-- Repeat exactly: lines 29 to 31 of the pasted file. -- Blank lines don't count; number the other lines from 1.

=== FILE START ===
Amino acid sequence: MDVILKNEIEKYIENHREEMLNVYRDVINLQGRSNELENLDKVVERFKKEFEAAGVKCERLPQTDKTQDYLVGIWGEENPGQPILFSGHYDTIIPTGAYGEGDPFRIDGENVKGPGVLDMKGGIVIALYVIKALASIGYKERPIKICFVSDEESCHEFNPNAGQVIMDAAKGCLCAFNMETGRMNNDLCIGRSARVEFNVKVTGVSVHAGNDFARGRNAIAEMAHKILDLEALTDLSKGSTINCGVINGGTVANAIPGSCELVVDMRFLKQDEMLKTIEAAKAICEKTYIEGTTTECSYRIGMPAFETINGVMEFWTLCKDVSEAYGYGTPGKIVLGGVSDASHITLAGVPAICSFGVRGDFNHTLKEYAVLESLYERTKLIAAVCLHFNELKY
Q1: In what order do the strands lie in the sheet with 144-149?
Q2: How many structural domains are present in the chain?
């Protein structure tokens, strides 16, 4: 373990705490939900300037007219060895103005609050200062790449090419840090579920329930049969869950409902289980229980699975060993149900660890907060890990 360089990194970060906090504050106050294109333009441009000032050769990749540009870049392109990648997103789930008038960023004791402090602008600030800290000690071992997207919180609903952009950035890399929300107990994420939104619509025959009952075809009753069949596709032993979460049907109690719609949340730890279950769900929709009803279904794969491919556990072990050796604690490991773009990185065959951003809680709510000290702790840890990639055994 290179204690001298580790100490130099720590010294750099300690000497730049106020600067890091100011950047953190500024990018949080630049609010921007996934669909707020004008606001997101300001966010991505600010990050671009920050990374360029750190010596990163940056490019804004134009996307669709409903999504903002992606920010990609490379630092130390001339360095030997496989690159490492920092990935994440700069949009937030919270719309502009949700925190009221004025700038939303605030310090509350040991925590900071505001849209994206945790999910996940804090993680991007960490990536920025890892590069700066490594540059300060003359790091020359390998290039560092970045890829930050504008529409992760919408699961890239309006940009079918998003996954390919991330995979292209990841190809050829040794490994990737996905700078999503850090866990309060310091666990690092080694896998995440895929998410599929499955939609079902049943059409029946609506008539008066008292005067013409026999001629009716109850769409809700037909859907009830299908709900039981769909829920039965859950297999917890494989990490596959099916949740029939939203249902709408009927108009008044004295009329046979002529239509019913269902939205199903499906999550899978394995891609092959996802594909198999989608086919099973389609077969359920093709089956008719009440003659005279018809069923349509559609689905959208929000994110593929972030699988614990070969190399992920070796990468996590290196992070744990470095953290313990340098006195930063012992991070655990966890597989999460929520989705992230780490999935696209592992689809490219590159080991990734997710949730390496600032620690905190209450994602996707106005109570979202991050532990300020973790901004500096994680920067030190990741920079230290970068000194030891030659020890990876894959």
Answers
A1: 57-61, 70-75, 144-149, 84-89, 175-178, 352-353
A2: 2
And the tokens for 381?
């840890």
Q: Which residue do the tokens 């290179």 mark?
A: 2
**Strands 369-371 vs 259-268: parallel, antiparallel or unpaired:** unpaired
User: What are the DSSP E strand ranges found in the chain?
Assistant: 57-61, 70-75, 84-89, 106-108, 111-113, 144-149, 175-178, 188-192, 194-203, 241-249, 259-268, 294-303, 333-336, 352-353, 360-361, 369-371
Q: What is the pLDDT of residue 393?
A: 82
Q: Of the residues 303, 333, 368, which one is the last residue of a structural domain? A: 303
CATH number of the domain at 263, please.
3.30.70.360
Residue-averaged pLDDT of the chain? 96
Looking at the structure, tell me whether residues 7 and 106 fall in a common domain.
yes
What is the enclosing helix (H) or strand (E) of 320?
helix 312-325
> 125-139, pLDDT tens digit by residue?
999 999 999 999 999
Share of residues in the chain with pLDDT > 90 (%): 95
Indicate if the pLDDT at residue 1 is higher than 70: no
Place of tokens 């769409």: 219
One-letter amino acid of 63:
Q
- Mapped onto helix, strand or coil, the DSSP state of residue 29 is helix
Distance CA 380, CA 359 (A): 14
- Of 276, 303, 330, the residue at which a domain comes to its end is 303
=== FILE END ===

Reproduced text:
Place of tokens 């769409």: 219
One-letter amino acid of 63:
Q